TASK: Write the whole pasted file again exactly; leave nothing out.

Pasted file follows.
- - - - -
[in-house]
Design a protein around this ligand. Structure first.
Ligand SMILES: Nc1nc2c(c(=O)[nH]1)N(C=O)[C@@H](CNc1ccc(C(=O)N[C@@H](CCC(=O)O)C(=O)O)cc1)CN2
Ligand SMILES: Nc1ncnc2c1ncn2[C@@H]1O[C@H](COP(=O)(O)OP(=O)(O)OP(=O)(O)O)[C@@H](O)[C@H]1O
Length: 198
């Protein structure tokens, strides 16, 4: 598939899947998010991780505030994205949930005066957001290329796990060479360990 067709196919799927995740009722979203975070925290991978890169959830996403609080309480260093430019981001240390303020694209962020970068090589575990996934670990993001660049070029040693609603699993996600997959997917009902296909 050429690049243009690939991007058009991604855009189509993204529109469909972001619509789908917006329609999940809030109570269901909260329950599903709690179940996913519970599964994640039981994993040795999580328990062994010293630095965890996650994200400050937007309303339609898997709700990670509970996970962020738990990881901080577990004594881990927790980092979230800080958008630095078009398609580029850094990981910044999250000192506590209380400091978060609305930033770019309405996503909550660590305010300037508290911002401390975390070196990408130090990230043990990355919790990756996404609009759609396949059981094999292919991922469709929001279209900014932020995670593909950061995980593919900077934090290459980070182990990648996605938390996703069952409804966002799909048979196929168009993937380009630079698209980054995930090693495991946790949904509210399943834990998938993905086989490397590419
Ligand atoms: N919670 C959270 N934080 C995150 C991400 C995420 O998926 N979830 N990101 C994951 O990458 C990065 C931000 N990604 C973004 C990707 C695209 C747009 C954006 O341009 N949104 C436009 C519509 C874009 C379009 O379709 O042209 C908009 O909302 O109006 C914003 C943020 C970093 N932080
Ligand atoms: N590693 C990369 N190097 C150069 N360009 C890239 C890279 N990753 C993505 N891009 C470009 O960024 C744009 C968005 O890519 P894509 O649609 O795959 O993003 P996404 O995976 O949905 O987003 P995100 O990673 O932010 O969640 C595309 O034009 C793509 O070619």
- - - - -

[in-house]
Design a protein around this ligand. Structure first.
Ligand SMILES: Nc1nc2c(c(=O)[nH]1)N(C=O)[C@@H](CNc1ccc(C(=O)N[C@@H](CCC(=O)O)C(=O)O)cc1)CN2
Ligand SMILES: Nc1ncnc2c1ncn2[C@@H]1O[C@H](COP(=O)(O)OP(=O)(O)OP(=O)(O)O)[C@@H](O)[C@H]1O
Length: 198
């Protein structure tokens, strides 16, 4: 598939899947998010991780505030994205949930005066957001290329796990060479360990 067709196919799927995740009722979203975070925290991978890169959830996403609080309480260093430019981001240390303020694209962020970068090589575990996934670990993001660049070029040693609603699993996600997959997917009902296909 050429690049243009690939991007058009991604855009189509993204529109469909972001619509789908917006329609999940809030109570269901909260329950599903709690179940996913519970599964994640039981994993040795999580328990062994010293630095965890996650994200400050937007309303339609898997709700990670509970996970962020738990990881901080577990004594881990927790980092979230800080958008630095078009398609580029850094990981910044999250000192506590209380400091978060609305930033770019309405996503909550660590305010300037508290911002401390975390070196990408130090990230043990990355919790990756996404609009759609396949059981094999292919991922469709929001279209900014932020995670593909950061995980593919900077934090290459980070182990990648996605938390996703069952409804966002799909048979196929168009993937380009630079698209980054995930090693495991946790949904509210399943834990998938993905086989490397590419
Ligand atoms: N919670 C959270 N934080 C995150 C991400 C995420 O998926 N979830 N990101 C994951 O990458 C990065 C931000 N990604 C973004 C990707 C695209 C747009 C954006 O341009 N949104 C436009 C519509 C874009 C379009 O379709 O042209 C908009 O909302 O109006 C914003 C943020 C970093 N932080
Ligand atoms: N590693 C990369 N190097 C150069 N360009 C890239 C890279 N990753 C993505 N891009 C470009 O960024 C744009 C968005 O890519 P894509 O649609 O795959 O993003 P996404 O995976 O949905 O987003 P995100 O990673 O932010 O969640 C595309 O034009 C793509 O070619």